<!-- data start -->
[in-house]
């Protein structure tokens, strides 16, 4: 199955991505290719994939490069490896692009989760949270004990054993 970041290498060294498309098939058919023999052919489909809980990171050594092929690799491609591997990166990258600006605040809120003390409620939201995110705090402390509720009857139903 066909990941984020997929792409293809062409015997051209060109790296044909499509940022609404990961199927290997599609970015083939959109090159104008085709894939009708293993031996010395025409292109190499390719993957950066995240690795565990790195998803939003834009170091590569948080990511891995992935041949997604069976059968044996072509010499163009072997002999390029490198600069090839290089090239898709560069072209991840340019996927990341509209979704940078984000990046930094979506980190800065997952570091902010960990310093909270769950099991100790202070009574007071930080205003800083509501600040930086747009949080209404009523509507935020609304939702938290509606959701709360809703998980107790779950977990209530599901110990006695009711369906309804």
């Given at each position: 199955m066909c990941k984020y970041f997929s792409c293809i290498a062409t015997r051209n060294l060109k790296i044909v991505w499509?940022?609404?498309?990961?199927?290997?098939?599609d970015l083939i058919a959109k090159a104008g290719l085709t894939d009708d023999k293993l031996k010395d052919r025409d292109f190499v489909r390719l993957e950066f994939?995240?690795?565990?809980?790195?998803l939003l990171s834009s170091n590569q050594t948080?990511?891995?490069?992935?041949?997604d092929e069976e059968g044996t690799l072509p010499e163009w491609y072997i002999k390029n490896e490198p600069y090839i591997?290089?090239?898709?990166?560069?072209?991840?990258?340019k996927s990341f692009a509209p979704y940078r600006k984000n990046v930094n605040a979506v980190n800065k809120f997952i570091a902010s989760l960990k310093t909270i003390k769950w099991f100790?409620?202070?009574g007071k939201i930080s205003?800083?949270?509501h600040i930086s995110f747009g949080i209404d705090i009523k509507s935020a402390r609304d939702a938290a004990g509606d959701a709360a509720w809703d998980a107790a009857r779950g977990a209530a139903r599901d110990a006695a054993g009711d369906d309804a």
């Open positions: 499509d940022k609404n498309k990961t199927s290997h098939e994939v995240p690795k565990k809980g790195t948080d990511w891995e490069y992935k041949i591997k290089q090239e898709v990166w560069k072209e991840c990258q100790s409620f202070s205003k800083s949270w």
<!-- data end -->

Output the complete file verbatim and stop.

[in-house]
């Protein structure tokens, strides 16, 4: 199955991505290719994939490069490896692009989760949270004990054993 970041290498060294498309098939058919023999052919489909809980990171050594092929690799491609591997990166990258600006605040809120003390409620939201995110705090402390509720009857139903 066909990941984020997929792409293809062409015997051209060109790296044909499509940022609404990961199927290997599609970015083939959109090159104008085709894939009708293993031996010395025409292109190499390719993957950066995240690795565990790195998803939003834009170091590569948080990511891995992935041949997604069976059968044996072509010499163009072997002999390029490198600069090839290089090239898709560069072209991840340019996927990341509209979704940078984000990046930094979506980190800065997952570091902010960990310093909270769950099991100790202070009574007071930080205003800083509501600040930086747009949080209404009523509507935020609304939702938290509606959701709360809703998980107790779950977990209530599901110990006695009711369906309804």
């Given at each position: 199955m066909c990941k984020y970041f997929s792409c293809i290498a062409t015997r051209n060294l060109k790296i044909v991505w499509?940022?609404?498309?990961?199927?290997?098939?599609d970015l083939i058919a959109k090159a104008g290719l085709t894939d009708d023999k293993l031996k010395d052919r025409d292109f190499v489909r390719l993957e950066f994939?995240?690795?565990?809980?790195?998803l939003l990171s834009s170091n590569q050594t948080?990511?891995?490069?992935?041949?997604d092929e069976e059968g044996t690799l072509p010499e163009w491609y072997i002999k390029n490896e490198p600069y090839i591997?290089?090239?898709?990166?560069?072209?991840?990258?340019k996927s990341f692009a509209p979704y940078r600006k984000n990046v930094n605040a979506v980190n800065k809120f997952i570091a902010s989760l960990k310093t909270i003390k769950w099991f100790?409620?202070?009574g007071k939201i930080s205003?800083?949270?509501h600040i930086s995110f747009g949080i209404d705090i009523k509507s935020a402390r609304d939702a938290a004990g509606d959701a709360a509720w809703d998980a107790a009857r779950g977990a209530a139903r599901d110990a006695a054993g009711d369906d309804a």
């Open positions: 499509d940022k609404n498309k990961t199927s290997h098939e994939v995240p690795k565990k809980g790195t948080d990511w891995e490069y992935k041949i591997k290089q090239e898709v990166w560069k072209e991840c990258q100790s409620f202070s205003k800083s949270w």